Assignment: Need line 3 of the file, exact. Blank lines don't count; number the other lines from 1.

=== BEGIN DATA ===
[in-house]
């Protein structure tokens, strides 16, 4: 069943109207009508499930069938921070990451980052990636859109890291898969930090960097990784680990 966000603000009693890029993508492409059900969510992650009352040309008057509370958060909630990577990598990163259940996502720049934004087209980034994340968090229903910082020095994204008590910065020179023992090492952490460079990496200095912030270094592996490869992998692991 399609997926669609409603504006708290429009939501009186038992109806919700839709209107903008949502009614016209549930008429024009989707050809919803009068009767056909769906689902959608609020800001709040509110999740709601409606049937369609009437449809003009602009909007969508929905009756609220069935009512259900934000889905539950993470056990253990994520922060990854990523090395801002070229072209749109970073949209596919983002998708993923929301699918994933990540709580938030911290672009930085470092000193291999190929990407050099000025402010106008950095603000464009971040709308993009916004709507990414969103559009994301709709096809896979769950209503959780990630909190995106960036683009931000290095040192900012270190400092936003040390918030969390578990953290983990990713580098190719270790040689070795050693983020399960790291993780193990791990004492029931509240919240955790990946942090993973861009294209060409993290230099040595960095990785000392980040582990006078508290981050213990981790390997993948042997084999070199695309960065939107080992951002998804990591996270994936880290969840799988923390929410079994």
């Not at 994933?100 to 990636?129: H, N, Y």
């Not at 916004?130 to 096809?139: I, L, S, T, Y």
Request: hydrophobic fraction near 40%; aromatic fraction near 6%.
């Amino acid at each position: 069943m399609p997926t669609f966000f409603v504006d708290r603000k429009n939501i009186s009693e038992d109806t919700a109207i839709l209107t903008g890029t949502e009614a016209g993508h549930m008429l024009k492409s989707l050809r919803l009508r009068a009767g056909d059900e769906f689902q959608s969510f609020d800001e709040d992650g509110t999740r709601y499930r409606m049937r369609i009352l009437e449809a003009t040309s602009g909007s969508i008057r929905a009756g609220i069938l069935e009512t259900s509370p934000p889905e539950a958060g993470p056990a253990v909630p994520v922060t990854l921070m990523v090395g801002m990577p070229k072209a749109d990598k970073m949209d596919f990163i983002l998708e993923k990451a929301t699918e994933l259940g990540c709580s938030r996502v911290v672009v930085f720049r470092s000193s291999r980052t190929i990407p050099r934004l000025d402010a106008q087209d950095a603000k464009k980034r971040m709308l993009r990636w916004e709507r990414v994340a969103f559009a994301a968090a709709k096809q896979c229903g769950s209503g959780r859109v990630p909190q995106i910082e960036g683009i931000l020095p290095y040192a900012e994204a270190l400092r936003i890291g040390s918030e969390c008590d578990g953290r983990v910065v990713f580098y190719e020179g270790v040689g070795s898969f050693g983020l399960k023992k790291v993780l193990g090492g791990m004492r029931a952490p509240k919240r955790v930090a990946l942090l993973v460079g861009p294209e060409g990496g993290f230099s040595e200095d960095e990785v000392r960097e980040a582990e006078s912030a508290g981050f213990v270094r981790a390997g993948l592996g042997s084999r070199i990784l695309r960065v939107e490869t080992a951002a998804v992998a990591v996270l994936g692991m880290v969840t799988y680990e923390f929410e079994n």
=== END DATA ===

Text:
């Not at 994933?100 to 990636?129: H, N, Y």